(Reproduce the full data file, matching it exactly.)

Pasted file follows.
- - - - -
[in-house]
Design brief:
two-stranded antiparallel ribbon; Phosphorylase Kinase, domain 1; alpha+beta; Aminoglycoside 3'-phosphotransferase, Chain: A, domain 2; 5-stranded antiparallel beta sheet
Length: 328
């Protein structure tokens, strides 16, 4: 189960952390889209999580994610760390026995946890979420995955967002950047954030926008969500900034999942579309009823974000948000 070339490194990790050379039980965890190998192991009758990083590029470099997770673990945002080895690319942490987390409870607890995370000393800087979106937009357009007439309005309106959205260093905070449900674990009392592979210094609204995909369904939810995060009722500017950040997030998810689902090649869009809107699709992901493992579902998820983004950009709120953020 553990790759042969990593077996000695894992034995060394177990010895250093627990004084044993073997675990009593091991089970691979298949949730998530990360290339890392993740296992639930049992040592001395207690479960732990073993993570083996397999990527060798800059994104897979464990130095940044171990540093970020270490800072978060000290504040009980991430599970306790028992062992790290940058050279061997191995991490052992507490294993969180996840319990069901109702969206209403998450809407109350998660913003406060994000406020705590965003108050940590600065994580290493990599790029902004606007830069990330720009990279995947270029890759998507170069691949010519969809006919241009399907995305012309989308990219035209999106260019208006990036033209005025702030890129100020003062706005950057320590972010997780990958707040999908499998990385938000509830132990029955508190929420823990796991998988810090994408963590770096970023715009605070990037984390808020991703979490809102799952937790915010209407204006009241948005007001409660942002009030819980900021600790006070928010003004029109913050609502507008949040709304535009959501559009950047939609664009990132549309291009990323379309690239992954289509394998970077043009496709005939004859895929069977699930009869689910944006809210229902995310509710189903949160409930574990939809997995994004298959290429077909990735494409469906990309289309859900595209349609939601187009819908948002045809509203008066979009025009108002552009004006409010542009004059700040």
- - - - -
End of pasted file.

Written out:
[in-house]
Design brief:
two-stranded antiparallel ribbon; Phosphorylase Kinase, domain 1; alpha+beta; Aminoglycoside 3'-phosphotransferase, Chain: A, domain 2; 5-stranded antiparallel beta sheet
Length: 328
């Protein structure tokens, strides 16, 4: 189960952390889209999580994610760390026995946890979420995955967002950047954030926008969500900034999942579309009823974000948000 070339490194990790050379039980965890190998192991009758990083590029470099997770673990945002080895690319942490987390409870607890995370000393800087979106937009357009007439309005309106959205260093905070449900674990009392592979210094609204995909369904939810995060009722500017950040997030998810689902090649869009809107699709992901493992579902998820983004950009709120953020 553990790759042969990593077996000695894992034995060394177990010895250093627990004084044993073997675990009593091991089970691979298949949730998530990360290339890392993740296992639930049992040592001395207690479960732990073993993570083996397999990527060798800059994104897979464990130095940044171990540093970020270490800072978060000290504040009980991430599970306790028992062992790290940058050279061997191995991490052992507490294993969180996840319990069901109702969206209403998450809407109350998660913003406060994000406020705590965003108050940590600065994580290493990599790029902004606007830069990330720009990279995947270029890759998507170069691949010519969809006919241009399907995305012309989308990219035209999106260019208006990036033209005025702030890129100020003062706005950057320590972010997780990958707040999908499998990385938000509830132990029955508190929420823990796991998988810090994408963590770096970023715009605070990037984390808020991703979490809102799952937790915010209407204006009241948005007001409660942002009030819980900021600790006070928010003004029109913050609502507008949040709304535009959501559009950047939609664009990132549309291009990323379309690239992954289509394998970077043009496709005939004859895929069977699930009869689910944006809210229902995310509710189903949160409930574990939809997995994004298959290429077909990735494409469906990309289309859900595209349609939601187009819908948002045809509203008066979009025009108002552009004006409010542009004059700040």